|About the Book|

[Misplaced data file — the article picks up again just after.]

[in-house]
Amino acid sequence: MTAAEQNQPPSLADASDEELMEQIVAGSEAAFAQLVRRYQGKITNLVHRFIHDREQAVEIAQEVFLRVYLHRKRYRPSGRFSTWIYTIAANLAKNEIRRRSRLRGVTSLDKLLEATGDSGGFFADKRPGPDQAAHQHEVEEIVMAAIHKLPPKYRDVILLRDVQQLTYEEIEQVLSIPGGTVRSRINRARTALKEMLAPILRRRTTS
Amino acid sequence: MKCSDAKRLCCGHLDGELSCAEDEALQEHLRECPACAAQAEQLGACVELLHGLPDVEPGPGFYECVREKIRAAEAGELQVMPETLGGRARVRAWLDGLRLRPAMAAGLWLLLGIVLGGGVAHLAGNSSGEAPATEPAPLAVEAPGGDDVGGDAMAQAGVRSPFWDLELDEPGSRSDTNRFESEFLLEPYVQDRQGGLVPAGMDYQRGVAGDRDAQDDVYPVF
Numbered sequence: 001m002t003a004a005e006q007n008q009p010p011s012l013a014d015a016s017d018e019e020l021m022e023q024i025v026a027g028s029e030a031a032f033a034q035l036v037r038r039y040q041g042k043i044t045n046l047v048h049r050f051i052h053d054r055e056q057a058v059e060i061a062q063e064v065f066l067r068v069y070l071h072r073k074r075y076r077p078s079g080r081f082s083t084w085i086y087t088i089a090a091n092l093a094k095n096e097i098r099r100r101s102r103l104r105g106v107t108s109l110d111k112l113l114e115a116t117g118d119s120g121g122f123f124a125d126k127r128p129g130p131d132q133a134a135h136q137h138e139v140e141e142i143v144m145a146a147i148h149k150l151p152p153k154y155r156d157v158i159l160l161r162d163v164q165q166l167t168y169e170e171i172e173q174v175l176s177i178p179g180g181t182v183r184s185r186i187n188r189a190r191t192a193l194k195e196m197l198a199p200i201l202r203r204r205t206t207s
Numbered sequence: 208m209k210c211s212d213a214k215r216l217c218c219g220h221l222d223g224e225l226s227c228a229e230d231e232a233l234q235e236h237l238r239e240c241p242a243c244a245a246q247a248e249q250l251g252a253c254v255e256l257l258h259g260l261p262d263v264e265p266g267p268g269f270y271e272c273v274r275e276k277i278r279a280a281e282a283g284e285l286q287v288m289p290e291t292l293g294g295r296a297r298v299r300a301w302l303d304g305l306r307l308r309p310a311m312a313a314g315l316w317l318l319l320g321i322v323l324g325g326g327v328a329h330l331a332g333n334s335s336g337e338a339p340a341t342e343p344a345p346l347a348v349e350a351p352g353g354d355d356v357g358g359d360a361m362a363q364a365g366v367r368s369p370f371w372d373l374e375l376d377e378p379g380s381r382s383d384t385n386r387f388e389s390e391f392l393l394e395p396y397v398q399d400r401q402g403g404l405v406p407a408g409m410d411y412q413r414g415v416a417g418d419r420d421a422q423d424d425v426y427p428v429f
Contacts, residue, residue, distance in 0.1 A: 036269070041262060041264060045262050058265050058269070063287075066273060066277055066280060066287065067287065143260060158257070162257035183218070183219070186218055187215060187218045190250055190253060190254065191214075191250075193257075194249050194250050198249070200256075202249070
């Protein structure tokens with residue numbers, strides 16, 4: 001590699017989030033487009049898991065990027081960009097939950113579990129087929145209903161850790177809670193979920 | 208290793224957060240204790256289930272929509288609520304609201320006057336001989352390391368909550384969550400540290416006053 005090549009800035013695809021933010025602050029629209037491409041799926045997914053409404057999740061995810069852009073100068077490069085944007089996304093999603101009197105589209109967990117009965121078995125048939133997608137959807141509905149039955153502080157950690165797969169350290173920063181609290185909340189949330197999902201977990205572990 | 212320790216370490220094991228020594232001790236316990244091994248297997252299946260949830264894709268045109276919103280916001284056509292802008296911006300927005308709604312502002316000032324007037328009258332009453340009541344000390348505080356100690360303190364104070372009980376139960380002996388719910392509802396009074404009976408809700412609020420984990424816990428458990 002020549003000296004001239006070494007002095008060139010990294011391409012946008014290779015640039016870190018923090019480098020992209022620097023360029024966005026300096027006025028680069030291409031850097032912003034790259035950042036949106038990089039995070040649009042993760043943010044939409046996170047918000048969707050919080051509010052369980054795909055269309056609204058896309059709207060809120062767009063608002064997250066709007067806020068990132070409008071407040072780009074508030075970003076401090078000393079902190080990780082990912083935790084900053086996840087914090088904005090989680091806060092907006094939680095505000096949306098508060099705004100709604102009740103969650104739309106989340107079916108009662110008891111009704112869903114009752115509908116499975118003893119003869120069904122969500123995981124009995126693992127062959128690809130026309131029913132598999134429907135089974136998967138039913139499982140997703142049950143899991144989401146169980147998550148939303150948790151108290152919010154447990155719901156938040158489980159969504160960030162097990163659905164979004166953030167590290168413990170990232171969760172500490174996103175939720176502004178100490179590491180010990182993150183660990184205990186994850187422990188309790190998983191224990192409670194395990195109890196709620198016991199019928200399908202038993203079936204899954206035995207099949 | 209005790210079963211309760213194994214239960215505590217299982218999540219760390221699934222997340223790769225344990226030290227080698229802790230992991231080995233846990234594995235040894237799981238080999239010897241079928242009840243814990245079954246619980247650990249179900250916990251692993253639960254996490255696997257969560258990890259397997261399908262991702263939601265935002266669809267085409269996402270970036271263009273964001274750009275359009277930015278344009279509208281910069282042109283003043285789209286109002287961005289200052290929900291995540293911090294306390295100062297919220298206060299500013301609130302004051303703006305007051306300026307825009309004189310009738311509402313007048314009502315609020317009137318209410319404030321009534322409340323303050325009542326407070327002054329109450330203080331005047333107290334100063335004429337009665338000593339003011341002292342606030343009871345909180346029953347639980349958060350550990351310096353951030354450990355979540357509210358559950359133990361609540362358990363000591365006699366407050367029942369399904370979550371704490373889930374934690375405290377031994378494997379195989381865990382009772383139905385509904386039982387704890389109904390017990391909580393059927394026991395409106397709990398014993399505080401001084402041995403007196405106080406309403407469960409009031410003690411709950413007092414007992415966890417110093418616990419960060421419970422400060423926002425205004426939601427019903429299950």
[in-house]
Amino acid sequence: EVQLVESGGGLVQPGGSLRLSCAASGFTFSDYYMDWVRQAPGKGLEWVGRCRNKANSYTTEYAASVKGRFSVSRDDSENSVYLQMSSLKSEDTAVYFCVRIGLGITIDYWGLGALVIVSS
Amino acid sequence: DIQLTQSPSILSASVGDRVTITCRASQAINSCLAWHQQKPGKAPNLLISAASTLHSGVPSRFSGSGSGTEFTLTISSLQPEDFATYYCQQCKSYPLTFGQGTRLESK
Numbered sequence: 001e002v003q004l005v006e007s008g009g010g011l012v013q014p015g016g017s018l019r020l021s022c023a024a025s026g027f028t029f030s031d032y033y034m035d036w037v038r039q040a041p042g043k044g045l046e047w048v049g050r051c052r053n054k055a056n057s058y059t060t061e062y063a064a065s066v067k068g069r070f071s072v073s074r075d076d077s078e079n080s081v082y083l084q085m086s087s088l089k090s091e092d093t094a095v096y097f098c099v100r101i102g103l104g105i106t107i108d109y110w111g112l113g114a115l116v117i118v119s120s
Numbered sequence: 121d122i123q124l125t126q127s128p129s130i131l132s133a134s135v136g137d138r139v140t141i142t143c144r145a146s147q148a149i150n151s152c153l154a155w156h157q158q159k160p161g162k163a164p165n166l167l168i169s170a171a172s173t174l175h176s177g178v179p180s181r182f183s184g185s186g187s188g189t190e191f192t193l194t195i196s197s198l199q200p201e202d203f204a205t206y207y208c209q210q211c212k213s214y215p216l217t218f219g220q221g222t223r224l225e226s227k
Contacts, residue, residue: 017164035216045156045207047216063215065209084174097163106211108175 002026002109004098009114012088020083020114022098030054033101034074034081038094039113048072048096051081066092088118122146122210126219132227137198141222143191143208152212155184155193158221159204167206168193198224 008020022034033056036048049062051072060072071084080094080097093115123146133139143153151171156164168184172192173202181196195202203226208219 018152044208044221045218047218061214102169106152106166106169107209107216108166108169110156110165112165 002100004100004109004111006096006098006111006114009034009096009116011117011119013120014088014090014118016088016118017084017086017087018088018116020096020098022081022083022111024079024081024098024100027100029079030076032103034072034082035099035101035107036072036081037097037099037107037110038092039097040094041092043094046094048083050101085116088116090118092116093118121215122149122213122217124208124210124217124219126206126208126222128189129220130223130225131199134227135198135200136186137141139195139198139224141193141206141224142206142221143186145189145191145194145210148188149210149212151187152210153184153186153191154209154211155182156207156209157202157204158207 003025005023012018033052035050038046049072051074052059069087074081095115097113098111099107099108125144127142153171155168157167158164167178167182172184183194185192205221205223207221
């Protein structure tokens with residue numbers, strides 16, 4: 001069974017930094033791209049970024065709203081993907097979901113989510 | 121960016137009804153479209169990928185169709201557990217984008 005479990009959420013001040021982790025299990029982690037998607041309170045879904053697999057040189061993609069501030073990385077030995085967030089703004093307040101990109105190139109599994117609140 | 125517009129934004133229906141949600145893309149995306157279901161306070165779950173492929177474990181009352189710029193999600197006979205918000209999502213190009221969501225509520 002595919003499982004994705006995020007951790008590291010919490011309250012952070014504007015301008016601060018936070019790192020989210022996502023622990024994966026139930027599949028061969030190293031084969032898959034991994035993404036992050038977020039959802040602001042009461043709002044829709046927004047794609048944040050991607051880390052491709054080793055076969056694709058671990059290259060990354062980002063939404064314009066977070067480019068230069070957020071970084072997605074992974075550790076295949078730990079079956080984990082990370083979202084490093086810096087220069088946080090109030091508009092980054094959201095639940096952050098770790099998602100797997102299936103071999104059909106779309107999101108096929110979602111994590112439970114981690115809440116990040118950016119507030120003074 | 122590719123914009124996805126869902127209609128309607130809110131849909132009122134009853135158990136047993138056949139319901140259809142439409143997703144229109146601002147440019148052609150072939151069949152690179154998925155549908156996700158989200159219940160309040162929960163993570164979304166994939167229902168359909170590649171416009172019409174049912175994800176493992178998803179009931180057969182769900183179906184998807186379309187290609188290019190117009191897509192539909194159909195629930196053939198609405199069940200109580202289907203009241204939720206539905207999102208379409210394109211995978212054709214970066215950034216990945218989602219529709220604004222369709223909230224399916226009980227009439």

Patrick Fairbairn, who wrote the highly influential “Typology of Scripture,” took it upon himself to write a manual for interpreting the New Testament. When he published the Manual, his “Typology” had already been printed in several editions, andMorePatrick Fairbairn, who wrote the highly influential “Typology of Scripture,” took it upon himself to write a manual for interpreting the New Testament. When he published the Manual, his “Typology” had already been printed in several editions, and his Old Testament categories come through very clearly in this work.Unlike modern books of its type, Fairbairn does not work through the New Testament in a chronological fashion. Instead, he chooses to focus on recurring loaded theological terms in the first part, unpacking their meanings from the Greek while occasionally comparing them with their Hebrew equivalents. In the second section, he analyzes every direct Old Testament citation in the New Testament, comparing it to the Hebrew and Septuagint, and discussing how it varies from either. In the final section, he takes on a number of different passages that deal with Old Testament citations that are difficult to interpret and walks the reader through his understanding of them.This book is not for the faint of heart. It is highly intellectual, and possibly more dense than “Typology” despite being far shorter. While he often gives translations of the Greek and Hebrew passages cited, he assumes a certain level of comfort in working from the original languages, and also adds a few untranslated Latin citations. This book will be useful to anyone interested in comparing the Hebrew Old Testament to the Septuagint, or who has particular questions about problem passages.This book was created using OCR software, and was subsequently proof-read closely by a human. While we proof our texts carefully before selling them, occasionally errors do creep in. Please help us perfect our titles by submitting errors to [email protected] numerals for chapters and Bible quotations have been updated to modern numbers. Footnotes have been converted to end notes connected by hyperlinks.